Kim Muncie

Merrymaker’s Orchestrina releases 14 new tracks

If making psychedelic music relevant in 2019 sounds like an impossible dream, you need to make a point of listening to Little King and the Salamander (demos), the latest release from the one and only Merrymaker’s Orchestrina. In 14 multifaceted songs that blend smooth folk melodies with gargantuan space rock grooves, the trio bring the violent guitar experimentation of the 60’s into the 21st century, utilizing every modern weapon available to them in their quest to revive sonically provocative pop music. We start with the swarthy sway of “Hey Everybody,” and soon find ourselves immersed in the thick bass and glossy acoustic guitars that form the foundation of the album’s sound.

TWITTER: https://twitter.com/themerrymakerso?lang=en

“I’ll Be (Kisses at Your Door),” “She’ll Do Anything” and “White Light and Lullabies” are fairly loose in their execution, but they’re just as tightly mixed as what we find in the more sharply arranged eponymous track, “What Fools We Can Be” and the fun-loving “Definitely Not My Underwear.” The critical consensus with Little King and the Salamander (demos) has generally given praise to the album’s fusion of contrasting styles in a singular disc, and I have to agree with my peers on this one. While this record is quite diverse in its experimentations, it flows together beautifully, not unlike what we’d find in a straight up concept piece.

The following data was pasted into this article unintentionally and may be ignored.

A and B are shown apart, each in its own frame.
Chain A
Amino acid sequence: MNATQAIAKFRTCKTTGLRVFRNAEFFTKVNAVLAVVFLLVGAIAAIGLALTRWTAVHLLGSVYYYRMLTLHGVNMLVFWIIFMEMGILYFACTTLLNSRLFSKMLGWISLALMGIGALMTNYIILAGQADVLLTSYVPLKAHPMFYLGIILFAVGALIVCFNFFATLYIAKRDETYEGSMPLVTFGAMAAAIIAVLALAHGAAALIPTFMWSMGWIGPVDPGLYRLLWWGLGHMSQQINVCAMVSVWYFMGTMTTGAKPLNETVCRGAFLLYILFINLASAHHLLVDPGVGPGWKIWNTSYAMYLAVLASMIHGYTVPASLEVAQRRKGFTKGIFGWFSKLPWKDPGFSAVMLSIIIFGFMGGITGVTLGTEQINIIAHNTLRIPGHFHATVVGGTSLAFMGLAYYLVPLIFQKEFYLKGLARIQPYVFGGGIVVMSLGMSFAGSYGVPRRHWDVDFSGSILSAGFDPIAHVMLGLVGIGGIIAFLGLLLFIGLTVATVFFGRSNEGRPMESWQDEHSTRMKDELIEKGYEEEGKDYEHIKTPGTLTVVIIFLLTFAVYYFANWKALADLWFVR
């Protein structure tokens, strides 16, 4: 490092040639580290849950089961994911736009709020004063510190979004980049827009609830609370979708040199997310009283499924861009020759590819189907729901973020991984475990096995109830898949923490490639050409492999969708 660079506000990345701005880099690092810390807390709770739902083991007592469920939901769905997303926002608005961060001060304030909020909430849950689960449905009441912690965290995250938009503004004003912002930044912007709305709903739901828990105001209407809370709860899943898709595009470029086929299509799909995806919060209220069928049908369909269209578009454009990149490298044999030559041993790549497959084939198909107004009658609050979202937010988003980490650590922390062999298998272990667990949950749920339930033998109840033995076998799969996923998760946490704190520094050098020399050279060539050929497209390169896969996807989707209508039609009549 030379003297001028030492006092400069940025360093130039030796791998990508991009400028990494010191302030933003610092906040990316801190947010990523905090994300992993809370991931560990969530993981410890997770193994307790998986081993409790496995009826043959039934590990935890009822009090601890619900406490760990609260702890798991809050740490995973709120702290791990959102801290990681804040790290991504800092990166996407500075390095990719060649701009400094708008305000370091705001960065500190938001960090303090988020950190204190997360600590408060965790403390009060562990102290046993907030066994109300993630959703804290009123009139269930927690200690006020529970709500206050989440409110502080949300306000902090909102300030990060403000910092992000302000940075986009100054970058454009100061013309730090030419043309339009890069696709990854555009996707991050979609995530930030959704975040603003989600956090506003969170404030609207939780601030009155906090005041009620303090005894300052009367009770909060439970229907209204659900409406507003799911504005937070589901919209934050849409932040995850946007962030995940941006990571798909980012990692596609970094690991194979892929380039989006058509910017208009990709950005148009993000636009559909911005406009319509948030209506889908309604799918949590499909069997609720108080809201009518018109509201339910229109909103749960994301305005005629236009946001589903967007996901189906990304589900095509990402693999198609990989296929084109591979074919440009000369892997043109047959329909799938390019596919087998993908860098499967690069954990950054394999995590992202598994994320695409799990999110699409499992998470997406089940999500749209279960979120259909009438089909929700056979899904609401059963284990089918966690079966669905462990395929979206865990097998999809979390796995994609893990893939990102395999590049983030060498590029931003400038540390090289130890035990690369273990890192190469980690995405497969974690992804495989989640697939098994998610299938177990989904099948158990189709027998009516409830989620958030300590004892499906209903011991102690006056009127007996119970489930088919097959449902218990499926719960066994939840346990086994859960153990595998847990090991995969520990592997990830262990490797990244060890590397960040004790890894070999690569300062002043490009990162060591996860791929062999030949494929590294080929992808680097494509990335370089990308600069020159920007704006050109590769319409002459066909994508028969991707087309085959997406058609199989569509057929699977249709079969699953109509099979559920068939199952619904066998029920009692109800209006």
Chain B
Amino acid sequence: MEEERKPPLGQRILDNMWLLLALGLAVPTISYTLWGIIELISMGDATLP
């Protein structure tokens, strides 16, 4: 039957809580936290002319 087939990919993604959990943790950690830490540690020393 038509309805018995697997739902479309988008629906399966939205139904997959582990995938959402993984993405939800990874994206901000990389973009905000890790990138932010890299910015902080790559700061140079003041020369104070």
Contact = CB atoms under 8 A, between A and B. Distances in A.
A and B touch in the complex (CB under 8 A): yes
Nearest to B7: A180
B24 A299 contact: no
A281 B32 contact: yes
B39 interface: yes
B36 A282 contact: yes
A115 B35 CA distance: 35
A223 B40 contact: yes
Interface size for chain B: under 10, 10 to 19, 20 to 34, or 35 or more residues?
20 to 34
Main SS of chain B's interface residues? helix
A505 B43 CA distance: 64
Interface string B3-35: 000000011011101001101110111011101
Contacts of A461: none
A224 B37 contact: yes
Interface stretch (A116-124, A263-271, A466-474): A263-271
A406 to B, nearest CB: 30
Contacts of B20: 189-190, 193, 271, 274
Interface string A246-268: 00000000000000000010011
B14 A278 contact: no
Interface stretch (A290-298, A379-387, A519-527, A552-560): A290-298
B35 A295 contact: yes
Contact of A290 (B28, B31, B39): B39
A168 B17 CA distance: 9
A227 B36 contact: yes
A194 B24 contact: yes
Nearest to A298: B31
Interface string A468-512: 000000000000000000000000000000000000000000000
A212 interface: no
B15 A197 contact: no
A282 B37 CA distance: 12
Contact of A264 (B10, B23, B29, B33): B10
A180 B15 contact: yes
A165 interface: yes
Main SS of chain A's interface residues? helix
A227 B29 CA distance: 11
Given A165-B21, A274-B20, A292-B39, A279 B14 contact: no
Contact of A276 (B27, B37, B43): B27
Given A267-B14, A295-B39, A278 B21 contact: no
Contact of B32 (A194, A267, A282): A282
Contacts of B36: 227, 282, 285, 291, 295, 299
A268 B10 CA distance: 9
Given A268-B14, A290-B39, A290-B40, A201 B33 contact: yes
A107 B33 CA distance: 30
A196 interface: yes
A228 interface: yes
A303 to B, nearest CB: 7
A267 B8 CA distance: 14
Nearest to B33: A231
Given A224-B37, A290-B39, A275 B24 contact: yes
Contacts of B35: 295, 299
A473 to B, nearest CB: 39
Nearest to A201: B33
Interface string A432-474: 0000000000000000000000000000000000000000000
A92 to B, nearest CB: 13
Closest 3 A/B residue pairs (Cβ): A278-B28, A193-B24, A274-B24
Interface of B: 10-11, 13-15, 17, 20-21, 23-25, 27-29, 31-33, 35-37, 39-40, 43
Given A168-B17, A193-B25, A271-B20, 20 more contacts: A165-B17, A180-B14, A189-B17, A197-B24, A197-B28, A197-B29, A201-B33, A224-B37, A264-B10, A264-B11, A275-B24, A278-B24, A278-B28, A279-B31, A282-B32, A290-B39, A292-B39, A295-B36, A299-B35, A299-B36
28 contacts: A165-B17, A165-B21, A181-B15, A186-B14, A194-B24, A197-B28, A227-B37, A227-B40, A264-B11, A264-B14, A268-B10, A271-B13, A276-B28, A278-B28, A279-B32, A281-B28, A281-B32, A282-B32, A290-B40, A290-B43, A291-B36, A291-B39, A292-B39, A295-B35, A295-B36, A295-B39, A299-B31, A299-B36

“Thinking of You” and “Fade into the Night” are two of the more textured numbers on the entirety of the LP, but I like that the band doesn’t get hung up on the intricacies of these compositions and stays focused on the slick stylization of the string play. At a moderate volume, I think that it’s easier for us to appreciate the pop sensibilities of Little King and the Salamander (demos) than it is when we listen to the album as loudly as possible. The melodies are so soft but retain the warmth of the tube amplifiers that emit them, a touch that I believe to really make a difference in the finished product.

There’s a punk rock-influenced energy to a lot of the songs in this record, namely in more urgent tracks like “Together” and “Definitely Not My Underwear,” the latter of which has a somewhat glam-ridden, New York Dolls sort of a vibe to it. In slower songs like “I’ll Be” and “She’ll Do Anything,” the bittersweet lyricism is spiked with an angsty, irreverent attitude in the vocal that makes them so much more interesting than your typical alternative rock ballads, and the same can be said of the closing track “I Have Always Been Here” as well.